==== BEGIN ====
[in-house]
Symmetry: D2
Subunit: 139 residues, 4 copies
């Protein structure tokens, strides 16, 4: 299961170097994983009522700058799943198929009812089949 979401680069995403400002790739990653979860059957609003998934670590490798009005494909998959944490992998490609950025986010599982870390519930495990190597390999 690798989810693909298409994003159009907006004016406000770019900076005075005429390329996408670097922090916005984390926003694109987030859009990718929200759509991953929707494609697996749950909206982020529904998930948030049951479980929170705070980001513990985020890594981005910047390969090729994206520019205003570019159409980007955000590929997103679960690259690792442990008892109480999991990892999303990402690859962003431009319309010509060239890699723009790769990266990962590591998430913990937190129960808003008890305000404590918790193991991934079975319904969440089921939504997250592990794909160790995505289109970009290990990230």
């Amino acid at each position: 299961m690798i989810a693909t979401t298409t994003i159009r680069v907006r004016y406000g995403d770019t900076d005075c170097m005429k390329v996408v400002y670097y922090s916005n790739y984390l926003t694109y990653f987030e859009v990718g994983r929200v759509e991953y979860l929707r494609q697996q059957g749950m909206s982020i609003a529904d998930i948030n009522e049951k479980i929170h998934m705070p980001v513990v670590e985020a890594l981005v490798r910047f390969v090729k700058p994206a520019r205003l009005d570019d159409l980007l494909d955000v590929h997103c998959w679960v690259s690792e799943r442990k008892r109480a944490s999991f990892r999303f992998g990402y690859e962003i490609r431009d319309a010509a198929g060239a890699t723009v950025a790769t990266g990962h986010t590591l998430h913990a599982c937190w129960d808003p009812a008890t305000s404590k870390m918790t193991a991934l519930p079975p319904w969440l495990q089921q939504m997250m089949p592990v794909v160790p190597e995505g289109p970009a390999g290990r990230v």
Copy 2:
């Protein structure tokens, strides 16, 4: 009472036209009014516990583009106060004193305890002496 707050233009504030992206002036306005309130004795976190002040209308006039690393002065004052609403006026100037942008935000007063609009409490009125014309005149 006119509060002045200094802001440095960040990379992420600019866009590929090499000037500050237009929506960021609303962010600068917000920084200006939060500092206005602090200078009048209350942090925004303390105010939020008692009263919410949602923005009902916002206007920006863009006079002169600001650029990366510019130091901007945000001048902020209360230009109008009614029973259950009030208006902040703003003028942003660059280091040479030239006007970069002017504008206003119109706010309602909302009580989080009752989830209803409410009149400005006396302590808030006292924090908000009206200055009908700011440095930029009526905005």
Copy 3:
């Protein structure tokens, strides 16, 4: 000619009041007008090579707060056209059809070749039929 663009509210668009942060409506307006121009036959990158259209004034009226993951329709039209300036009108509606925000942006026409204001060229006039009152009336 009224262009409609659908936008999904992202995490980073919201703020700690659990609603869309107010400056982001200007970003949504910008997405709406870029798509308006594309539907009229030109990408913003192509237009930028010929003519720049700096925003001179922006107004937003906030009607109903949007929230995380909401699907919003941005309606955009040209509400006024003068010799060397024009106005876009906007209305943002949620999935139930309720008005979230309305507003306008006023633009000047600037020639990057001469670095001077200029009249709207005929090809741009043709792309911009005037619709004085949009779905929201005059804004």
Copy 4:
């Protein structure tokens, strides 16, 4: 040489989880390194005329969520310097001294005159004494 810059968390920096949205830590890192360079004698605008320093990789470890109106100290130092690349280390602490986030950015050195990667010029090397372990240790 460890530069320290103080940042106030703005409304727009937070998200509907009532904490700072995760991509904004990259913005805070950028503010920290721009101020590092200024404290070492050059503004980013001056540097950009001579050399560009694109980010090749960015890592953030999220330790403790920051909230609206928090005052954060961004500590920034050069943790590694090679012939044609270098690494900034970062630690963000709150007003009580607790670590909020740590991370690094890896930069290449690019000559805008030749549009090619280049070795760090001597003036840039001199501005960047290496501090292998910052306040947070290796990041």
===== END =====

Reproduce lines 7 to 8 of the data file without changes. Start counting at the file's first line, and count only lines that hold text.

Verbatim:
């Protein structure tokens, strides 16, 4: 009472036209009014516990583009106060004193305890002496 707050233009504030992206002036306005309130004795976190002040209308006039690393002065004052609403006026100037942008935000007063609009409490009125014309005149 006119509060002045200094802001440095960040990379992420600019866009590929090499000037500050237009929506960021609303962010600068917000920084200006939060500092206005602090200078009048209350942090925004303390105010939020008692009263919410949602923005009902916002206007920006863009006079002169600001650029990366510019130091901007945000001048902020209360230009109008009614029973259950009030208006902040703003003028942003660059280091040479030239006007970069002017504008206003119109706010309602909302009580989080009752989830209803409410009149400005006396302590808030006292924090908000009206200055009908700011440095930029009526905005």
Copy 3: